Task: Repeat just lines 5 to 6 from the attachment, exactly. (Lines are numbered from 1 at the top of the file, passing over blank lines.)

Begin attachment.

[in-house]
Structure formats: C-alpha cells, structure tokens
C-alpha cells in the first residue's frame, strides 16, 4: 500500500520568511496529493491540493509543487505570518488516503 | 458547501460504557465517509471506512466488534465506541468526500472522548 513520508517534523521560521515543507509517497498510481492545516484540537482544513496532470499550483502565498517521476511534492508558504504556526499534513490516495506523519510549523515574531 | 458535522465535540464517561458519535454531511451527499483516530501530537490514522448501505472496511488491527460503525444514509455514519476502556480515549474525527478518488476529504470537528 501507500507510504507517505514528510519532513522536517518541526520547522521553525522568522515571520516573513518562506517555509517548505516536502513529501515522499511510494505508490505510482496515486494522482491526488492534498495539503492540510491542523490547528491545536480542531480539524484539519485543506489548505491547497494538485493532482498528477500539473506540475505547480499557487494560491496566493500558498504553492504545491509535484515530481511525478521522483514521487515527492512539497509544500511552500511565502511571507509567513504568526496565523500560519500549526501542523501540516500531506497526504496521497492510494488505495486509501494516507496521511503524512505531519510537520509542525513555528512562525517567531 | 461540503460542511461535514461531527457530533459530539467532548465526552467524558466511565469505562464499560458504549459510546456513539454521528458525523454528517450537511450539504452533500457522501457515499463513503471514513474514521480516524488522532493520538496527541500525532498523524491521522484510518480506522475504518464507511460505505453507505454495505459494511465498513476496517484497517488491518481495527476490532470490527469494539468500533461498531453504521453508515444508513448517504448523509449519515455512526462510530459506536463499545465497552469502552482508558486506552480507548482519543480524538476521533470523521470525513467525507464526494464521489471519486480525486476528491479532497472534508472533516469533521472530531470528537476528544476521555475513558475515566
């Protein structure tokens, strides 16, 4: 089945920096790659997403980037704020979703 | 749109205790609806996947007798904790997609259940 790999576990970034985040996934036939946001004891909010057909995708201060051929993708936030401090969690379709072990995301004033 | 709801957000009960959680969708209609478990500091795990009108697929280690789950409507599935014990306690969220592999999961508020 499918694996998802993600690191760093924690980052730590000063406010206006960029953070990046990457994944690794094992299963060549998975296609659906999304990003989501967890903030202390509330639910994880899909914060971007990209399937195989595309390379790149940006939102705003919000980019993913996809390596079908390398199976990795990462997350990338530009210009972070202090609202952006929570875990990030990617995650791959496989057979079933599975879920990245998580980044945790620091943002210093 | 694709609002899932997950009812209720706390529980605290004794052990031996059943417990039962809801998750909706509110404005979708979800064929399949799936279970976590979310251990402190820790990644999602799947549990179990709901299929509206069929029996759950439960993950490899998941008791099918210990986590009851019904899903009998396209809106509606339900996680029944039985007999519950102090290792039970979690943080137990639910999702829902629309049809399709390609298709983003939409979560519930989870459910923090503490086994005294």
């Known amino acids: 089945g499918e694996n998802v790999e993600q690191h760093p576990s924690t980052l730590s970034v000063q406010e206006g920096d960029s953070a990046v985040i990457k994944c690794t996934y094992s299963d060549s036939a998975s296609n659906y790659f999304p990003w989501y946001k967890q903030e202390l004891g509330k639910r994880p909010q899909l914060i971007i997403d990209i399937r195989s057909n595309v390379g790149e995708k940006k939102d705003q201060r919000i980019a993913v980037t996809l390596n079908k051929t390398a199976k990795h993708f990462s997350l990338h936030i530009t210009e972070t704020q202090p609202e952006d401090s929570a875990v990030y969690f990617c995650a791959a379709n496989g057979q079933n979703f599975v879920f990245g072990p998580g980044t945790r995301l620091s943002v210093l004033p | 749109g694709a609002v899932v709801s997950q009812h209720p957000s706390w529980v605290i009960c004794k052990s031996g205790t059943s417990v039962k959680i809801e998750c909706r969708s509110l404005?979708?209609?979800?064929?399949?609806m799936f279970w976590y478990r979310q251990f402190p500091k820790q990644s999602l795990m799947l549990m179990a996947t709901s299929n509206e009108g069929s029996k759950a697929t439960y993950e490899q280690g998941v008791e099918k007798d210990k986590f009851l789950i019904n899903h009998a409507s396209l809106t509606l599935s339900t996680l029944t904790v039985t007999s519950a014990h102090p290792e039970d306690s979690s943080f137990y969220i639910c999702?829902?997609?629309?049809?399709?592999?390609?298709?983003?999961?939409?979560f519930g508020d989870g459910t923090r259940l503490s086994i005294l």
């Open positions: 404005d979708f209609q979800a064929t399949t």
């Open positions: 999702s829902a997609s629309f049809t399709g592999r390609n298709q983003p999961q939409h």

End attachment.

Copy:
């Known amino acids: 089945g499918e694996n998802v790999e993600q690191h760093p576990s924690t980052l730590s970034v000063q406010e206006g920096d960029s953070a990046v985040i990457k994944c690794t996934y094992s299963d060549s036939a998975s296609n659906y790659f999304p990003w989501y946001k967890q903030e202390l004891g509330k639910r994880p909010q899909l914060i971007i997403d990209i399937r195989s057909n595309v390379g790149e995708k940006k939102d705003q201060r919000i980019a993913v980037t996809l390596n079908k051929t390398a199976k990795h993708f990462s997350l990338h936030i530009t210009e972070t704020q202090p609202e952006d401090s929570a875990v990030y969690f990617c995650a791959a379709n496989g057979q079933n979703f599975v879920f990245g072990p998580g980044t945790r995301l620091s943002v210093l004033p | 749109g694709a609002v899932v709801s997950q009812h209720p957000s706390w529980v605290i009960c004794k052990s031996g205790t059943s417990v039962k959680i809801e998750c909706r969708s509110l404005?979708?209609?979800?064929?399949?609806m799936f279970w976590y478990r979310q251990f402190p500091k820790q990644s999602l795990m799947l549990m179990a996947t709901s299929n509206e009108g069929s029996k759950a697929t439960y993950e490899q280690g998941v008791e099918k007798d210990k986590f009851l789950i019904n899903h009998a409507s396209l809106t509606l599935s339900t996680l029944t904790v039985t007999s519950a014990h102090p290792e039970d306690s979690s943080f137990y969220i639910c999702?829902?997609?629309?049809?399709?592999?390609?298709?983003?999961?939409?979560f519930g508020d989870g459910t923090r259940l503490s086994i005294l």
């Open positions: 404005d979708f209609q979800a064929t399949t």